- Belarus is now on the tech industry shitlist too. (WCCFTech)
Play stupid games, win stupid prizes.
- The great thing about paying twice as much to get a Mac is that it just works. (Derek Seaman)
After trying three different docks and three different Thunderbolt to DisplayPort adaptors, it just works.
- More on the suckage of Western Digital's new high-capacity NAS drives. (Serve the Home)
Base on their ratings, having a ZFS pool of 20TB drives with a weekly data scrub would exceed the annual workload rating after four months, even if nobody was accessing the data.
- Speaking of which, have a drive failure already on my new ZFS server. Good thing I configured RAID-Z3.
- Apple is reportedly preparing to release the new Mac Studio. (Liliputing)
This is either a smaller version of the Mac Mini, or a larger one, or something else entirely.
Party Like It's 1980-ish Video of the Day
Posted by: normal at Sunday, March 06 2022 06:54 AM (obo9H)
Posted by: furball321 at Sunday, March 06 2022 08:14 AM (n+R81)
Posted by: J Greely at Sunday, March 06 2022 08:27 AM (ZlYZd)
As J notes, yeah, I have celiac disease. You could say I prefer not to spend half my life in the bathroom, and you'd be correct.
I haven't gone into my symptoms because this is a family blog [Now you tell me -- Ed.] and the symptoms were kind of disgusting. I've been gluten-free for ten or twelve years now and it made made an immediate and massive difference, but I'm still not healthy.
Which is reflected in my search for a new home. I have strong preferences on certain features and I'm looking at plans and saying things like Where did you learn to design bathrooms? Were you raised in a barn? when it's stuff that doesn't even occur to most people.
Posted by: Pixy Misa at Sunday, March 06 2022 11:40 AM (PiXy!)
I'm not sure what the issues are, but they probably aren't as simple as celiac. Right now, the doctor thinks that one thing has messed up both my intestines and my sinuses.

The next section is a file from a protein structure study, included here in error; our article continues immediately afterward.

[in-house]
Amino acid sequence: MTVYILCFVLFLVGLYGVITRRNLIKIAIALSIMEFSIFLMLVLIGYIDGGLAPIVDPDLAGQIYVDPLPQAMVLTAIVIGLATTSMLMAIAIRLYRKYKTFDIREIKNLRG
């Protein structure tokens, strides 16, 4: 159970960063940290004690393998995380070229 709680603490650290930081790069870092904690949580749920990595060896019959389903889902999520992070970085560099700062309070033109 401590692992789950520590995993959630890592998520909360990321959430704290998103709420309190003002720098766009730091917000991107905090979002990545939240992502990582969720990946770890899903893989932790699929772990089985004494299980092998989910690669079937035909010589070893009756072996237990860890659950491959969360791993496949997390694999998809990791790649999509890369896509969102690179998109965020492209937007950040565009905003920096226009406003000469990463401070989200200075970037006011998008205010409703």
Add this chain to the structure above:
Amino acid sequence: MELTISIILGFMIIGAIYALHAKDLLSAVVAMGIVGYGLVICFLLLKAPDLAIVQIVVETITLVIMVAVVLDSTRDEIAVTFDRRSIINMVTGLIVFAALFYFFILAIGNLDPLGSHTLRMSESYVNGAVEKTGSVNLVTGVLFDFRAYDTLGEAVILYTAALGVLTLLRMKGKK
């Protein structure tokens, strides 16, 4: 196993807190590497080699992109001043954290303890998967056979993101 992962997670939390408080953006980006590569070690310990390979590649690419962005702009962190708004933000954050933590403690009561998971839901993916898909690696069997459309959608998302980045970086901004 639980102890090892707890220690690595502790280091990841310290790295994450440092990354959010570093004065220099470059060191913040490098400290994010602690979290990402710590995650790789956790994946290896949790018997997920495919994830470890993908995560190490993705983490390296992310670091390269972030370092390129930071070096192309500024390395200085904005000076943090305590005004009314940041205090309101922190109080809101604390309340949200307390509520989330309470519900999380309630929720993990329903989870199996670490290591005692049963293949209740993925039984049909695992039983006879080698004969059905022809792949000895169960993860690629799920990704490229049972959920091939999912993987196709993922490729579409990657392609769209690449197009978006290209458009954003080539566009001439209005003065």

I have had a lot of symptoms for a long time, diet does seem to be pretty important, and it significantly impacts quality of life.
Idiots jumping on fad diet band wagons have made it cheaper to find edible stuff, but my current protocol is a bit more restricted these days.
6,000 years ago and now, is apples and oranges, mainly because we can easily keep people alive, that would previously have been more difficult. Infant mortality could conceal a lot of issues, and there are historical records of people with weird diet sensitivities.
It seems like there is a type of parasitic worm, and it excretes something that 'numbs' the immune system. It seems like getting those worms out of people, left a minority with issues of extreme immune response.
There is an argument made about alleged changes in wheat over the last 40-60 years. It turns out to apparently be an apples and oranges issue. There are different types of flour, and the samples compared apparently were not the same type.
I have some other issues, with my nervous system, and in combination with the gut stuff, I can need to camp out in the restroom for long periods of time.
Posted by: PatBuckman at Sunday, March 06 2022 12:15 PM (r9O5h)
It seems like there is a type of parasitic worm, and it excretes something that 'numbs' the immune system. It seems like getting those worms out of people, left a minority with issues of extreme immune response.Yeah, I think it's hookworms. Giving the immune system something relatively benign to fight is thought to reduce the severity of the auto-immune response. Some people have tried reintroducing hookworms into their bodies with positive results.
I am both skeptical and squeamish. If I had one of the more severe auto-immune disorders I might try it though.
Posted by: Pixy Misa at Sunday, March 06 2022 04:40 PM (PiXy!)